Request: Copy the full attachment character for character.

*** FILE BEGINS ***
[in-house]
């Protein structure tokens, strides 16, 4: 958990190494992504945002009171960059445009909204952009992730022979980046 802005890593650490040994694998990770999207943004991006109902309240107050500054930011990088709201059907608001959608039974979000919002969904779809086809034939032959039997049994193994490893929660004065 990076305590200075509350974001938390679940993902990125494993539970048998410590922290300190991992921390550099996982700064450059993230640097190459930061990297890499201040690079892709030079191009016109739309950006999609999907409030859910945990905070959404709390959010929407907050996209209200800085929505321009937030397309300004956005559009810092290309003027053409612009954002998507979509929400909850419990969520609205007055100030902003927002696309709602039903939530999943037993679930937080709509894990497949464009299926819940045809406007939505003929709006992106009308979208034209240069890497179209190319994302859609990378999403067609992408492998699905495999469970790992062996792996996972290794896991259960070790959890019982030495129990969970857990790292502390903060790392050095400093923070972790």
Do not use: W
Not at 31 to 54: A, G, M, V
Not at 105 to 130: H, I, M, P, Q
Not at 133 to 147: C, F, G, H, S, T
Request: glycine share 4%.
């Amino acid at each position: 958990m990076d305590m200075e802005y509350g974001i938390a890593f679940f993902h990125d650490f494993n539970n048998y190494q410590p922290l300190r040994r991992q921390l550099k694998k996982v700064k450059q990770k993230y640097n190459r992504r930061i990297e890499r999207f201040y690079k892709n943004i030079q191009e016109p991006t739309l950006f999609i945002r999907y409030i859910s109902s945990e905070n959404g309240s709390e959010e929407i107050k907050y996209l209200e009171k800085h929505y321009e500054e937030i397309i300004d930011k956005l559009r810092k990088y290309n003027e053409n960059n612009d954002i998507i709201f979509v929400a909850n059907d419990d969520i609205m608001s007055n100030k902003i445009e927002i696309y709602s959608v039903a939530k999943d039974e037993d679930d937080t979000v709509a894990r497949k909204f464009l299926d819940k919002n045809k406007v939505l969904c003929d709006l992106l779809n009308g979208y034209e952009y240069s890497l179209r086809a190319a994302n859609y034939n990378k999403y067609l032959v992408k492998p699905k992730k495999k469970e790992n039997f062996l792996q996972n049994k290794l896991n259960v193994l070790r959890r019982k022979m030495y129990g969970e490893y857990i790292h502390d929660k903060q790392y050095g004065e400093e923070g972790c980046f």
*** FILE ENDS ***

[in-house]
């Protein structure tokens, strides 16, 4: 958990190494992504945002009171960059445009909204952009992730022979980046 802005890593650490040994694998990770999207943004991006109902309240107050500054930011990088709201059907608001959608039974979000919002969904779809086809034939032959039997049994193994490893929660004065 990076305590200075509350974001938390679940993902990125494993539970048998410590922290300190991992921390550099996982700064450059993230640097190459930061990297890499201040690079892709030079191009016109739309950006999609999907409030859910945990905070959404709390959010929407907050996209209200800085929505321009937030397309300004956005559009810092290309003027053409612009954002998507979509929400909850419990969520609205007055100030902003927002696309709602039903939530999943037993679930937080709509894990497949464009299926819940045809406007939505003929709006992106009308979208034209240069890497179209190319994302859609990378999403067609992408492998699905495999469970790992062996792996996972290794896991259960070790959890019982030495129990969970857990790292502390903060790392050095400093923070972790």
Do not use: W
Not at 31 to 54: A, G, M, V
Not at 105 to 130: H, I, M, P, Q
Not at 133 to 147: C, F, G, H, S, T
Request: glycine share 4%.
């Amino acid at each position: 958990m990076d305590m200075e802005y509350g974001i938390a890593f679940f993902h990125d650490f494993n539970n048998y190494q410590p922290l300190r040994r991992q921390l550099k694998k996982v700064k450059q990770k993230y640097n190459r992504r930061i990297e890499r999207f201040y690079k892709n943004i030079q191009e016109p991006t739309l950006f999609i945002r999907y409030i859910s109902s945990e905070n959404g309240s709390e959010e929407i107050k907050y996209l209200e009171k800085h929505y321009e500054e937030i397309i300004d930011k956005l559009r810092k990088y290309n003027e053409n960059n612009d954002i998507i709201f979509v929400a909850n059907d419990d969520i609205m608001s007055n100030k902003i445009e927002i696309y709602s959608v039903a939530k999943d039974e037993d679930d937080t979000v709509a894990r497949k909204f464009l299926d819940k919002n045809k406007v939505l969904c003929d709006l992106l779809n009308g979208y034209e952009y240069s890497l179209r086809a190319a994302n859609y034939n990378k999403y067609l032959v992408k492998p699905k992730k495999k469970e790992n039997f062996l792996q996972n049994k290794l896991n259960v193994l070790r959890r019982k022979m030495y129990g969970e490893y857990i790292h502390d929660k903060q790392y050095g004065e400093e923070g972790c980046f």